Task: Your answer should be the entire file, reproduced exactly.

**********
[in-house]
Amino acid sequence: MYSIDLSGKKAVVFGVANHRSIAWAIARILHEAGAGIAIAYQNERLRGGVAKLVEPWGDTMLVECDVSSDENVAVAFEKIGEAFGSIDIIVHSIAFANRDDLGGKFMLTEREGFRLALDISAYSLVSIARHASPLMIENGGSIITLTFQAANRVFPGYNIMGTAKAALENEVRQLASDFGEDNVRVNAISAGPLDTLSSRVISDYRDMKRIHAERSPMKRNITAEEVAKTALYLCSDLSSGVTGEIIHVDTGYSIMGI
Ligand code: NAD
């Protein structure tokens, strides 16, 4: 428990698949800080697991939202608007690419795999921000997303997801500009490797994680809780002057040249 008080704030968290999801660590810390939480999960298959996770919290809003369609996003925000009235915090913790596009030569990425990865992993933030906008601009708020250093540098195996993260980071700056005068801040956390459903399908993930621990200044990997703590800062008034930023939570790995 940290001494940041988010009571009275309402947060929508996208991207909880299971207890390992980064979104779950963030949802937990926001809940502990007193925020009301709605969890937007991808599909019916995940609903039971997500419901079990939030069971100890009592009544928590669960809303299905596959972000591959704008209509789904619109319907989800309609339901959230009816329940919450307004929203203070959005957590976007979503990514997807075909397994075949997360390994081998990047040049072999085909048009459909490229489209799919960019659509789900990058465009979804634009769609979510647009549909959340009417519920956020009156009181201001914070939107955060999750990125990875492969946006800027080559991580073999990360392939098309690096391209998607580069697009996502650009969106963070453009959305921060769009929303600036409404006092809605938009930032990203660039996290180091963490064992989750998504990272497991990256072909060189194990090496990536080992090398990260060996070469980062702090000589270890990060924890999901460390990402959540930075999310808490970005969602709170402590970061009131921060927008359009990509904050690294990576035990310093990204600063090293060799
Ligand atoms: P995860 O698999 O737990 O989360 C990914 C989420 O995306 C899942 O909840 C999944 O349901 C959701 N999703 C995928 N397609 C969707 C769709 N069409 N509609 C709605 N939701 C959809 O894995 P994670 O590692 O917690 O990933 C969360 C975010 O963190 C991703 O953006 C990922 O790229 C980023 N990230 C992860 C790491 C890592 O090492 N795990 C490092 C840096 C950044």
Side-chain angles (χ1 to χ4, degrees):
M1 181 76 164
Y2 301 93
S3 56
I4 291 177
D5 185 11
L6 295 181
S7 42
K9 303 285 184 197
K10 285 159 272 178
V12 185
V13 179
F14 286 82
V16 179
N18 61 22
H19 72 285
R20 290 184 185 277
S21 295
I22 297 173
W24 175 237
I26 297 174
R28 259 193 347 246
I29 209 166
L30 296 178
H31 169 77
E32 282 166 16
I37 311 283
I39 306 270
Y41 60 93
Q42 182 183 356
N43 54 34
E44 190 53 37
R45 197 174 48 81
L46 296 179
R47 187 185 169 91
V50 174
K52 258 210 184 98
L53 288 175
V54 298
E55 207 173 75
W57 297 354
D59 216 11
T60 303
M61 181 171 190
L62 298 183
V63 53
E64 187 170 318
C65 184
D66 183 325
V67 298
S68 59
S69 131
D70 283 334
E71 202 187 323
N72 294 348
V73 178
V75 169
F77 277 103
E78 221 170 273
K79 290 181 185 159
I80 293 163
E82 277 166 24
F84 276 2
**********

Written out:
[in-house]
Amino acid sequence: MYSIDLSGKKAVVFGVANHRSIAWAIARILHEAGAGIAIAYQNERLRGGVAKLVEPWGDTMLVECDVSSDENVAVAFEKIGEAFGSIDIIVHSIAFANRDDLGGKFMLTEREGFRLALDISAYSLVSIARHASPLMIENGGSIITLTFQAANRVFPGYNIMGTAKAALENEVRQLASDFGEDNVRVNAISAGPLDTLSSRVISDYRDMKRIHAERSPMKRNITAEEVAKTALYLCSDLSSGVTGEIIHVDTGYSIMGI
Ligand code: NAD
């Protein structure tokens, strides 16, 4: 428990698949800080697991939202608007690419795999921000997303997801500009490797994680809780002057040249 008080704030968290999801660590810390939480999960298959996770919290809003369609996003925000009235915090913790596009030569990425990865992993933030906008601009708020250093540098195996993260980071700056005068801040956390459903399908993930621990200044990997703590800062008034930023939570790995 940290001494940041988010009571009275309402947060929508996208991207909880299971207890390992980064979104779950963030949802937990926001809940502990007193925020009301709605969890937007991808599909019916995940609903039971997500419901079990939030069971100890009592009544928590669960809303299905596959972000591959704008209509789904619109319907989800309609339901959230009816329940919450307004929203203070959005957590976007979503990514997807075909397994075949997360390994081998990047040049072999085909048009459909490229489209799919960019659509789900990058465009979804634009769609979510647009549909959340009417519920956020009156009181201001914070939107955060999750990125990875492969946006800027080559991580073999990360392939098309690096391209998607580069697009996502650009969106963070453009959305921060769009929303600036409404006092809605938009930032990203660039996290180091963490064992989750998504990272497991990256072909060189194990090496990536080992090398990260060996070469980062702090000589270890990060924890999901460390990402959540930075999310808490970005969602709170402590970061009131921060927008359009990509904050690294990576035990310093990204600063090293060799
Ligand atoms: P995860 O698999 O737990 O989360 C990914 C989420 O995306 C899942 O909840 C999944 O349901 C959701 N999703 C995928 N397609 C969707 C769709 N069409 N509609 C709605 N939701 C959809 O894995 P994670 O590692 O917690 O990933 C969360 C975010 O963190 C991703 O953006 C990922 O790229 C980023 N990230 C992860 C790491 C890592 O090492 N795990 C490092 C840096 C950044």
Side-chain angles (χ1 to χ4, degrees):
M1 181 76 164
Y2 301 93
S3 56
I4 291 177
D5 185 11
L6 295 181
S7 42
K9 303 285 184 197
K10 285 159 272 178
V12 185
V13 179
F14 286 82
V16 179
N18 61 22
H19 72 285
R20 290 184 185 277
S21 295
I22 297 173
W24 175 237
I26 297 174
R28 259 193 347 246
I29 209 166
L30 296 178
H31 169 77
E32 282 166 16
I37 311 283
I39 306 270
Y41 60 93
Q42 182 183 356
N43 54 34
E44 190 53 37
R45 197 174 48 81
L46 296 179
R47 187 185 169 91
V50 174
K52 258 210 184 98
L53 288 175
V54 298
E55 207 173 75
W57 297 354
D59 216 11
T60 303
M61 181 171 190
L62 298 183
V63 53
E64 187 170 318
C65 184
D66 183 325
V67 298
S68 59
S69 131
D70 283 334
E71 202 187 323
N72 294 348
V73 178
V75 169
F77 277 103
E78 221 170 273
K79 290 181 185 159
I80 293 163
E82 277 166 24
F84 276 2